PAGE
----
Museum quality hand made artist dolls and accessories
About Gail Wilson DesignsThe Story of My Work as a Dollmaker
I used to think that this work of making dolls began in 1974, when I actually carved and made my first molded dolls. But it goes much farther back than that to a childhood filled with making things and a fascination for my grandmother’s extraordinary sense of running a business, which she began in the Depression and ran successfully in a tiny mill town for fifty years. At fourteen my mother took me to the League of NH Craftmen’s Fair at Mt Sunapee, NH, and it was from that experience that with great certainty I proclaimed I wanted to make my living making and selling handcrafts, and inevitable that by sixteen, I cleaned out an old chicken coop, painted it, reglazed the windows, re-roofed it, then opened a small shop selling my work and that of two friends. I set off for Skidmore College in 1968 from New Hampshire, determined to fulfill my artistic dream, but also wanting to become sophisticated and never live in New Hampshire again. By my second year good sense had returned and my goal became building my life and livelihood in the country. After college, during which I spent most of my time studying pottery and jewelry, I went to work as a graphic artist hoping to save a nest egg to buy land, maybe in Vermont - my birthplace. After a couple of years of with no nest egg, I decided to just begin. I chose pottery and felt that I needed a little more technical background, so returned to school to learn more. It was during the summer of 1974, that I made some dolls of a porcelain clay, which I happened to be working with. It never occurred to me to do any research - I like the direct, just-do-it approach, so I never consulted a single reference or previously made doll. What I made was what came out of all the hidden ideas I ever had as a child for what a Perfect doll, if-you-could-have-just-one-doll, would be. And when the first one became whole, I knew then I had found the door to my dreams. It is clear now that the creation of my dolls in this “vacuum” was to be beneficial, keeping the style of my dolls unique from all others.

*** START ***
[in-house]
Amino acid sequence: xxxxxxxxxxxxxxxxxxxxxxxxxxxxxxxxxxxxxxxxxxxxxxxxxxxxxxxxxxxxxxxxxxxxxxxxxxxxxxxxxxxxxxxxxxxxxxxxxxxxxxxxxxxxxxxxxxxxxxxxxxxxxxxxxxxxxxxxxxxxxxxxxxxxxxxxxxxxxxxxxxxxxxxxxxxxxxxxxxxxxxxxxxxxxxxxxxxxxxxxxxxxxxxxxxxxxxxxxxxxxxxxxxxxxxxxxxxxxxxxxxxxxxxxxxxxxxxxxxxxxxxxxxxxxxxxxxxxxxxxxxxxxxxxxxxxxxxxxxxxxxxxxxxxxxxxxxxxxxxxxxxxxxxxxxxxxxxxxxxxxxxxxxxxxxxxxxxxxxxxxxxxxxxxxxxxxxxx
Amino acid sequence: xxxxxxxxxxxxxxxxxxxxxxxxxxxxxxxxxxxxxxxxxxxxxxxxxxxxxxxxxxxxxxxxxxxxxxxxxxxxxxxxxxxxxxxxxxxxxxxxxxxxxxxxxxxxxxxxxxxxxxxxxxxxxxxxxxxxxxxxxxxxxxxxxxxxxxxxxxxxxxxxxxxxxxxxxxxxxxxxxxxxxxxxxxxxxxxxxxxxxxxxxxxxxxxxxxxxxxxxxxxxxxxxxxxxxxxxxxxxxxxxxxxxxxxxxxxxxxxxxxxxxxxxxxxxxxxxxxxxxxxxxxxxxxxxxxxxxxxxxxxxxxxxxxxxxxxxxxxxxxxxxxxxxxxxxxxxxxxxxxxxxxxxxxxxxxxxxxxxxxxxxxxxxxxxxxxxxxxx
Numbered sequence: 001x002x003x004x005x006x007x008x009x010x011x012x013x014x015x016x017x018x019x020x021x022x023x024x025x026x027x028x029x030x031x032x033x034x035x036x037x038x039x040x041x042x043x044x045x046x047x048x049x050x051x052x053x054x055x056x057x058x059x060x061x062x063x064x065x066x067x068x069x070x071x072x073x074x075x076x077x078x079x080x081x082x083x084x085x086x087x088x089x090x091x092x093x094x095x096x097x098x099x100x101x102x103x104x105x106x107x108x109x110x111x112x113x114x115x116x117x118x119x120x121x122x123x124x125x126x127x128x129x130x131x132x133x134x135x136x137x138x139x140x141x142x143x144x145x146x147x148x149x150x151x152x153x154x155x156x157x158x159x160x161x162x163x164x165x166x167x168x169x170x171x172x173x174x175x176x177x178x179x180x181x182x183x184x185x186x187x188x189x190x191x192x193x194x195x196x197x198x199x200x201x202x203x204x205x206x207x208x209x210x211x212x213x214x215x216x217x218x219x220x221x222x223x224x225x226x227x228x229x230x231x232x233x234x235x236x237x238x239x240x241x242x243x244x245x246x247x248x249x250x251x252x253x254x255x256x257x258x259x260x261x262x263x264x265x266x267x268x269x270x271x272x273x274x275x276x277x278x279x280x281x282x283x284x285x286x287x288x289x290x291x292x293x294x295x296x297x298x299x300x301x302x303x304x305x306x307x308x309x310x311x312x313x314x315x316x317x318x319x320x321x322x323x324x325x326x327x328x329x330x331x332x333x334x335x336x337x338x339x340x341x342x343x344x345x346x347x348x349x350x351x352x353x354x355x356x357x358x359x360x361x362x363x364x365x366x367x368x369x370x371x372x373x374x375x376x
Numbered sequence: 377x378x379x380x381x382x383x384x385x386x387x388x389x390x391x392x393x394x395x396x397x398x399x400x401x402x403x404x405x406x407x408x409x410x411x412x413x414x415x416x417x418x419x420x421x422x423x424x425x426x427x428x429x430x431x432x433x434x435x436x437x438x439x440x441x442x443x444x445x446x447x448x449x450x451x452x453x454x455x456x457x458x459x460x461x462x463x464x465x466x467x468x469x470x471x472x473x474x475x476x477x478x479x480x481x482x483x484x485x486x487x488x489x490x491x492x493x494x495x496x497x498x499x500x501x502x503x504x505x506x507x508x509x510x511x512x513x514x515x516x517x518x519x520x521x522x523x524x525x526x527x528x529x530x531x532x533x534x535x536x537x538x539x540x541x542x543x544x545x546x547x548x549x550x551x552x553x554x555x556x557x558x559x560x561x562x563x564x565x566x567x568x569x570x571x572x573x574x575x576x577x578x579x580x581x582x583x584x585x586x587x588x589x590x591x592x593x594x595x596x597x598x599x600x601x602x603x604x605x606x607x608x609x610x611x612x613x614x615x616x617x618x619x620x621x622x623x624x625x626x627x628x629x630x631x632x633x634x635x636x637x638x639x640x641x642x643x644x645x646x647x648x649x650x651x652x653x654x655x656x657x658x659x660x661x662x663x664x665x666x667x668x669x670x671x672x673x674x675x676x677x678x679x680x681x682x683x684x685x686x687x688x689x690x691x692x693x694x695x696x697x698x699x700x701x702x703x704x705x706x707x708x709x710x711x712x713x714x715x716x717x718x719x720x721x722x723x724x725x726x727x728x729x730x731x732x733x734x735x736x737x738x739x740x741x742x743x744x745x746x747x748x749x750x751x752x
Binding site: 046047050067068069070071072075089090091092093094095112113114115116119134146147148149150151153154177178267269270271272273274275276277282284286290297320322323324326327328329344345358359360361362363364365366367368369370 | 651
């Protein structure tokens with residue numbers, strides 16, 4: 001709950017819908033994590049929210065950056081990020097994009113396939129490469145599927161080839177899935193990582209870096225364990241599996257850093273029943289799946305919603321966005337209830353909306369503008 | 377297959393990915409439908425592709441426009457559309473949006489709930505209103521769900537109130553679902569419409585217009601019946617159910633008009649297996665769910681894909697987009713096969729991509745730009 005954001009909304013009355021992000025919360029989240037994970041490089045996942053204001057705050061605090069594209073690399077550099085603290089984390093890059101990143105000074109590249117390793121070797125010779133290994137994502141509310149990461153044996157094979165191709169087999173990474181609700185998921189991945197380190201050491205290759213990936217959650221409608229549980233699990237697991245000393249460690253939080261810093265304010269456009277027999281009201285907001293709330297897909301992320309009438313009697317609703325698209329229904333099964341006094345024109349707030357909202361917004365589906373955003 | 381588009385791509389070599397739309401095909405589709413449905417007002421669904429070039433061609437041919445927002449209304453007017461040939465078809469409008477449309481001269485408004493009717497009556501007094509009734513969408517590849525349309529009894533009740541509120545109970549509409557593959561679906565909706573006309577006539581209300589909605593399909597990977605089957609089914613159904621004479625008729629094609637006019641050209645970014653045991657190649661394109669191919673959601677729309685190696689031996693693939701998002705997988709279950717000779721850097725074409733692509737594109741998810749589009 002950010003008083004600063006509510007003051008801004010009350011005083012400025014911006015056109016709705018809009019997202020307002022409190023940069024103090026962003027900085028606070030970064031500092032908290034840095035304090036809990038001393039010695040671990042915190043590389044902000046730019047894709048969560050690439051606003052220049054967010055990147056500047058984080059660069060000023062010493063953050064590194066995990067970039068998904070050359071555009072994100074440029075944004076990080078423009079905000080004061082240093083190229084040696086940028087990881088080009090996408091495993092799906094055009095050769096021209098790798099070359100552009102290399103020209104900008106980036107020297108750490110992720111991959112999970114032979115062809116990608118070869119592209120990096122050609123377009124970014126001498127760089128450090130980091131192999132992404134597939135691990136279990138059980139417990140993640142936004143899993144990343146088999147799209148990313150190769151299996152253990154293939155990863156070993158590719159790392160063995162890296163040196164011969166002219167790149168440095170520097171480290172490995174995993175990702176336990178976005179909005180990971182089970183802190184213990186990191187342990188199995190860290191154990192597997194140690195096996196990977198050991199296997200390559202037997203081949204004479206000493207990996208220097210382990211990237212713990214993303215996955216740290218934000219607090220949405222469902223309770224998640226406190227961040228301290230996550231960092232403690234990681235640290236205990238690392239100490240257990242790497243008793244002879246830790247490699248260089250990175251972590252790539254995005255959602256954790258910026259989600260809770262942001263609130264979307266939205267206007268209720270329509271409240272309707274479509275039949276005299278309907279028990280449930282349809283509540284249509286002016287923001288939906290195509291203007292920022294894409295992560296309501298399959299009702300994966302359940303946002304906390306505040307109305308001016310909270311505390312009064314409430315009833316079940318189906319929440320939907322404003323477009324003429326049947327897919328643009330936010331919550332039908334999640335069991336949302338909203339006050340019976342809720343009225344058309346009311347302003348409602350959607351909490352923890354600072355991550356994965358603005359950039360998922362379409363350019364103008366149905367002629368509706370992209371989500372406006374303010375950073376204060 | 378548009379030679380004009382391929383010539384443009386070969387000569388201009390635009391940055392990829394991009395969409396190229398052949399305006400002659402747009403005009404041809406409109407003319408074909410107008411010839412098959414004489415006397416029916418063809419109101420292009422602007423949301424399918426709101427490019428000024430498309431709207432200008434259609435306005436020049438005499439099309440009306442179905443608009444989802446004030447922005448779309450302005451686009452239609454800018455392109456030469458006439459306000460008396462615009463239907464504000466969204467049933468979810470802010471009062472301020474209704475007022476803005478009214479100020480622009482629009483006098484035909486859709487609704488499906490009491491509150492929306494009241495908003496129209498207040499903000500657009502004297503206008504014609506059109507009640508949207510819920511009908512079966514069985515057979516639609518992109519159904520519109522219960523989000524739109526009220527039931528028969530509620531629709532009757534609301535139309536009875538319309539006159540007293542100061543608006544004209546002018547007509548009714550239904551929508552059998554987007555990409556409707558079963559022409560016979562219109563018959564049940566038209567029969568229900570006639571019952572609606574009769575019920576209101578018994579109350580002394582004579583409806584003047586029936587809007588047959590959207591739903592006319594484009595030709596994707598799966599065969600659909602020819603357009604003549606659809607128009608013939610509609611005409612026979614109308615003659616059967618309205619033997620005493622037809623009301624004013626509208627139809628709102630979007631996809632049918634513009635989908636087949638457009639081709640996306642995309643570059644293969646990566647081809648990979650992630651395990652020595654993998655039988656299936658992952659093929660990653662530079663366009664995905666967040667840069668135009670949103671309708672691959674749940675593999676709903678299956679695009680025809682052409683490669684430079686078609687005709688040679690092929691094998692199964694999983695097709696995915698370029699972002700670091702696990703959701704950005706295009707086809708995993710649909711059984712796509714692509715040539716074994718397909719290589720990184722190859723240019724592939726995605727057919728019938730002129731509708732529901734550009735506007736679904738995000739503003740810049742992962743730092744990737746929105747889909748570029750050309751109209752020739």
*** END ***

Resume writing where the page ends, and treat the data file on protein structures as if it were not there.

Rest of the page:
But I never wanted to be a dollmaker. Instead, what has grown out of my dolls, is that they have become little canvases on which to work out what I have come to feel is my engineering self. I put to work my love of solving problems and feeling that nothing and no medium is an obstacle. I began to work in wood and employed my knowledge of metal, paint and sculpture. One concept that is important to me is that all of my dolls including all of the many accessories I specialize in must be dolls and toys that might have been played with - no doll figures for me, and although my early work for the first decade was created entirely without any references, I now work a lot from historical material in the period spanning all of the 1800's overlapping about 10 years on either end. Besides my finished dolls, I have spent about 40 years making historical kits and patterns suitable for museum shops. I have participated in many major museum shows and made dolls for those museums and dolls for the movie industry, chosen several years by Early American Life’s for their selective Directory of Traditional American Crafts, been featured in many magazines and books and have taught all over the world and now online. And of course the most important part is that I did go live in the country (New Hampshire is after all a wonderful place, and besides, where I live really looks like Vermont), and grow to love early American primitives, old houses, gardening and animals. I work in a studio in my home with a second building housing my business.